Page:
The trendy thing to do in Southern New Hampshire at the moment is to renovate old mill buildings and re-purpose them for homes and offices. Mill buildings are turned into apartments in the town where Karen and I live, and the largest city in the state has a riverfront of old mill buildings that have become university campuses, sport bars, shops, and offices of various shapes and colors. My day job is in one of these buildings, a cool, creative loft-space that offers a really nice view of the city. Construction is still ongoing in the adjacent building, and my lunch conversation with a colleague this week centered around watching the workers one floor below and one building over. Bricks were being chiseled out and hauled away by the dumpster full, and mention was made of the worth of those bricks in monetary terms.
I think there’s more worth to them than that. Something that you notice quickly if you transplant to New England is the age of the buildings. Things have been around a lot longer up here. That initially brings some headaches if you’re not accustomed to the differences in architecture (getting a bed frame up a flight of the notoriously narrow staircases of many homes here is a challenge of occasionally epic proportions), but it’s a good thing overall. There’s more character here. When I watched those workers haul bricks away by the wheel-barrow load to place onto a front-loader, I thought of the hands that would have initially carried those bricks, and carefully placed them together to form the building in which we stood, so many years later.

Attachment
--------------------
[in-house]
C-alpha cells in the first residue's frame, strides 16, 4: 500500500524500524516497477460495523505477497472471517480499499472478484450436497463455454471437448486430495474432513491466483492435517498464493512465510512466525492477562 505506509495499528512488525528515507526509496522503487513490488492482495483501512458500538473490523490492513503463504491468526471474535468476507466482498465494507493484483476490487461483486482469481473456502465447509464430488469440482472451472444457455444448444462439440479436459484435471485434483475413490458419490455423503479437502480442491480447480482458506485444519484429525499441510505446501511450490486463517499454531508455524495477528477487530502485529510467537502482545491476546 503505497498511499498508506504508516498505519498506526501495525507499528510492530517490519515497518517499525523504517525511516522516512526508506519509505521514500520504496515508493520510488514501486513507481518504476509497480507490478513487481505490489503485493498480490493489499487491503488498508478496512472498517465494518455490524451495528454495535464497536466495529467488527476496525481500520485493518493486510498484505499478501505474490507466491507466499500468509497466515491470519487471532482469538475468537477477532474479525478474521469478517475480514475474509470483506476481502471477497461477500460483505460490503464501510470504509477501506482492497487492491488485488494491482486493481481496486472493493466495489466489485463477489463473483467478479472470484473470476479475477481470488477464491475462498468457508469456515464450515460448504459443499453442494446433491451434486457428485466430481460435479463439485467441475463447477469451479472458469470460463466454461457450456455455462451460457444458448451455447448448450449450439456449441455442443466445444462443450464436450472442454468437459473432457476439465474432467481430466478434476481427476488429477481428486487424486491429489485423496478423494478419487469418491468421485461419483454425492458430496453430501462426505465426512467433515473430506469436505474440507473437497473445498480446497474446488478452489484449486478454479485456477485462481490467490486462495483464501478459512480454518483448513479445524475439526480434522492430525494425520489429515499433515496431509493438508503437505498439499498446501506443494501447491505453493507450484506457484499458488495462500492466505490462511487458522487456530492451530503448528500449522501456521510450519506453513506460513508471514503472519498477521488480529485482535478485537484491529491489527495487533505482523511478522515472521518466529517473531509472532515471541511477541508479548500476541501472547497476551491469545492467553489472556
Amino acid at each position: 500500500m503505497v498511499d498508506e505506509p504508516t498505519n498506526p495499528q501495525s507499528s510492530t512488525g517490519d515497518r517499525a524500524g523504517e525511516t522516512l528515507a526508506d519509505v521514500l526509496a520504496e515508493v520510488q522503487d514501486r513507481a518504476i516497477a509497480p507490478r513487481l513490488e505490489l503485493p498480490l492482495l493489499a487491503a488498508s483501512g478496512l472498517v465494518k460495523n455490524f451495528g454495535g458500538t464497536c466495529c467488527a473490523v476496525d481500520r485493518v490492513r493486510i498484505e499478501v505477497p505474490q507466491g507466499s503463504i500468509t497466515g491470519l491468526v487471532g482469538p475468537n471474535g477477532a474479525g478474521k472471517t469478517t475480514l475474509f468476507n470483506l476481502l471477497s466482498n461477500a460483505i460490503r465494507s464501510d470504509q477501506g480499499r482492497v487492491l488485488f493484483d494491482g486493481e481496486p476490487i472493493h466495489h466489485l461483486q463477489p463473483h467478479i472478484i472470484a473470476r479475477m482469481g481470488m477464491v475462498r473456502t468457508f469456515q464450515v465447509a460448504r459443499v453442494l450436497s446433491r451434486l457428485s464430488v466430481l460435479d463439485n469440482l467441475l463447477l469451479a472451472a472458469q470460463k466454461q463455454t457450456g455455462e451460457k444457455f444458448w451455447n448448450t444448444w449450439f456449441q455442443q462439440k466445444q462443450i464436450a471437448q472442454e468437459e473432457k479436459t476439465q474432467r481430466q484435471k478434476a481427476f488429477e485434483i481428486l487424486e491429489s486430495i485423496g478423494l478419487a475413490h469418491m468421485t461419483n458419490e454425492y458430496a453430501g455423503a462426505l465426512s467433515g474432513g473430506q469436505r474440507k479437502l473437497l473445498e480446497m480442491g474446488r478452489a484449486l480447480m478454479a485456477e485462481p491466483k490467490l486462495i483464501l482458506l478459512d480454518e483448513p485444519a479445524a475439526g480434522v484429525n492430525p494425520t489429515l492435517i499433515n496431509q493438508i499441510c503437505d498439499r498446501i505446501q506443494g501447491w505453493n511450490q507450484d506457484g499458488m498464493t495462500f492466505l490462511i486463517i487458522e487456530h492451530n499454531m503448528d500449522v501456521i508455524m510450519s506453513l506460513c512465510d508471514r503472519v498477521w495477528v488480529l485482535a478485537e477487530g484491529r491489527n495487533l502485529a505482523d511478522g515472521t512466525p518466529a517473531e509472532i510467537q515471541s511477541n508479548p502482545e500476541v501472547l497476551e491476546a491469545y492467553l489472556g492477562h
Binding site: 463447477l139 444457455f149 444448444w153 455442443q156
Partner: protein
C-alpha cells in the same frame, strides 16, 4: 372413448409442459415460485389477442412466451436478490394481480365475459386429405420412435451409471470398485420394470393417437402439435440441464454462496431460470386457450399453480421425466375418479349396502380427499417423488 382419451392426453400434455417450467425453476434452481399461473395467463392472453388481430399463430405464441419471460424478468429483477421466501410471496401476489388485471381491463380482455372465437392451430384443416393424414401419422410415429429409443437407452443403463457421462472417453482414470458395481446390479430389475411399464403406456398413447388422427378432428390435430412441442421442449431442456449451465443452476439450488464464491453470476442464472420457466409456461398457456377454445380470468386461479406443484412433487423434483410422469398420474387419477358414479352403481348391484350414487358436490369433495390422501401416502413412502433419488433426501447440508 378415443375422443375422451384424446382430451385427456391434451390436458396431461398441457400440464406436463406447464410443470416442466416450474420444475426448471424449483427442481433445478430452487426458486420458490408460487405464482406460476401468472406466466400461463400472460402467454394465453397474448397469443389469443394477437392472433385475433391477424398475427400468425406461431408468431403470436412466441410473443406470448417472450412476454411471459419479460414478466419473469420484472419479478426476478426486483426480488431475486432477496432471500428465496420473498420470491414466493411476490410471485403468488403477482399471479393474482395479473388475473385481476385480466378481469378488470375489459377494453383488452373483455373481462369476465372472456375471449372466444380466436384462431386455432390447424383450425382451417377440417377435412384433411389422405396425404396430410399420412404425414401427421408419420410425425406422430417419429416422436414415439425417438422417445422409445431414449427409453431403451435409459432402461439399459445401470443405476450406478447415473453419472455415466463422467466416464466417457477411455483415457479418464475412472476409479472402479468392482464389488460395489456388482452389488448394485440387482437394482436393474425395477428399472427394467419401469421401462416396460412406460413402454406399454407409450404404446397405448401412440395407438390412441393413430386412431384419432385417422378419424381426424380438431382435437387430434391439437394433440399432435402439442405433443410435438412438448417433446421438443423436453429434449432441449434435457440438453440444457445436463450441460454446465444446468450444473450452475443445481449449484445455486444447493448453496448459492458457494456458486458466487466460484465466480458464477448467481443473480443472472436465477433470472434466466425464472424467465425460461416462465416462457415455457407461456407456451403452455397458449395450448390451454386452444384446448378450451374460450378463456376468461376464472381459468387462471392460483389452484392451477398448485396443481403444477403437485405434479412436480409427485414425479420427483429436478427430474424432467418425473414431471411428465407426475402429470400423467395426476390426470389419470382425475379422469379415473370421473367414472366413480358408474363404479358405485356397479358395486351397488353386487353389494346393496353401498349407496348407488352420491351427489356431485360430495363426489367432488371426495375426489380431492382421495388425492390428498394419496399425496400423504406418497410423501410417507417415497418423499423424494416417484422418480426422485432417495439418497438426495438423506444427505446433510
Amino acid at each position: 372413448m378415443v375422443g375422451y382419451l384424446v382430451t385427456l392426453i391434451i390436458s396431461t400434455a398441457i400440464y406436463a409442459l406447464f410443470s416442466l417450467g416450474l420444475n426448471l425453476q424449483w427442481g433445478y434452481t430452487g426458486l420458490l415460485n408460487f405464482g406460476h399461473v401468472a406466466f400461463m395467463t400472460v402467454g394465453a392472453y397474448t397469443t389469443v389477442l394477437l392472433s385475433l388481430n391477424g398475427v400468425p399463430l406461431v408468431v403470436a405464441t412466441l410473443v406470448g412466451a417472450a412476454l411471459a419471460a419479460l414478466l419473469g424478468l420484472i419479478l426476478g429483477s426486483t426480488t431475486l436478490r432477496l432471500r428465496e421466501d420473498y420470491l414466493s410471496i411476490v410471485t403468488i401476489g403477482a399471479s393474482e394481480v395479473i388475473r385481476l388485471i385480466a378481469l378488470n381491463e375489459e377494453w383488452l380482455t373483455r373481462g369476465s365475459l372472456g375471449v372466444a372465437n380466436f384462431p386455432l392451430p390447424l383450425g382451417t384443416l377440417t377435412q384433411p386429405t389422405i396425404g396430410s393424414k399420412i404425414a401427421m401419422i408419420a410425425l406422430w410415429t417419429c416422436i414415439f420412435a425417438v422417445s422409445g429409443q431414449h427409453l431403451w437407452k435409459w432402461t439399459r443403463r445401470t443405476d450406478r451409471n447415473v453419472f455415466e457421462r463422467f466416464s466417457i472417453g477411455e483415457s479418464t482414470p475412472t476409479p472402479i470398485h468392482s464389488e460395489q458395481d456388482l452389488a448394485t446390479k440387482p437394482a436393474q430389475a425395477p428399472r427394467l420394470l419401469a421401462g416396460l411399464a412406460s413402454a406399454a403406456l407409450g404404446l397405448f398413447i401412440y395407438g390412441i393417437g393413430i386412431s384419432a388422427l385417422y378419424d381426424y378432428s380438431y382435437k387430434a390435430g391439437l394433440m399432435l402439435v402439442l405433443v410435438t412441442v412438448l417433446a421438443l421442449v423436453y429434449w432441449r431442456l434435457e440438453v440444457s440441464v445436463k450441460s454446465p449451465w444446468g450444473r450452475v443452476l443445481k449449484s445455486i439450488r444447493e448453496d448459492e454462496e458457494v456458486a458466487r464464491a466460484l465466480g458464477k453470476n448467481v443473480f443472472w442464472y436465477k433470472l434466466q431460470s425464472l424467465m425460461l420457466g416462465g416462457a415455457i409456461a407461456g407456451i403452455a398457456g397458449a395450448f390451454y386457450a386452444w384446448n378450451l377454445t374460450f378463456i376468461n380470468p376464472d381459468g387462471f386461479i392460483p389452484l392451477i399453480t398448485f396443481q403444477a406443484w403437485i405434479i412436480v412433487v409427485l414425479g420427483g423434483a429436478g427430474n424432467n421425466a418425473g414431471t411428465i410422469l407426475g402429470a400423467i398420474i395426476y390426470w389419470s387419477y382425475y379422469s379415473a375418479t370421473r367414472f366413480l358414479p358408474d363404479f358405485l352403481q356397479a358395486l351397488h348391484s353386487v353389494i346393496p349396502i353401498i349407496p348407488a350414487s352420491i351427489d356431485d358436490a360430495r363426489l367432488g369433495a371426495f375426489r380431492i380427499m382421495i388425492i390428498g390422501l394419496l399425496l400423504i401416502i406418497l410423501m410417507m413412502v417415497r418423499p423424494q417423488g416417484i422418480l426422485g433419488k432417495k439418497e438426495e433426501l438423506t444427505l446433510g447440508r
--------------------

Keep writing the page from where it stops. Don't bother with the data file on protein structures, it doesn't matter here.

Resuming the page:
Brick by brick.
I grew up with a father who worked in a technological field, but whose love was crafting things from wood. He kept a fully-equipped workshop in a detached building, and escaped to it whenever he could. He carved shapes and built small structures, many with surprising usefulness, others for simple aesthetics, but all with the best craftsmanship of which he was capable. There are other woodworkers out there of much more skill, certainly, but he was quite good himself, and with no formal instruction. My father loved handling the wood. He enjoyed the feel of it. Watching his creative synergy happen with the shapes that he carved was inspiring.
My grandmother created with needle and thread. Quilting is an art that borders on extinction, and she left a legacy behind her that has helped others to know her. My father will leave his creations behind, as well, one day. My mother was a ceramic potter of sorts, and has gifted things to me that she has made. I sincerely hope that the words I’ve penned will be left for our daughter, because that’s something that she will be able to hold onto, something tangible that I created, as my father’s wooden sculptures and my grandmother’s quilts are to me.
As I’ve watched the workers carry away those bricks this week, I think of the history left behind by the workers who originally built the structures. It’s important to do good work, because the work we do is a gift, a legacy, to the culture as a whole. I doubt that the workers who built the building that houses my office originally were all happy about their labor. I also doubt that they could foresee the future of their labor. And, so it is with all of us, because all of us create in some capacity.
Whatever your craft, know that it carries a legacy, that it will be something that you leave behind for others as you practice it. Respect that.
And do good work.
Photo Attribution: Ryan M under Creative Commons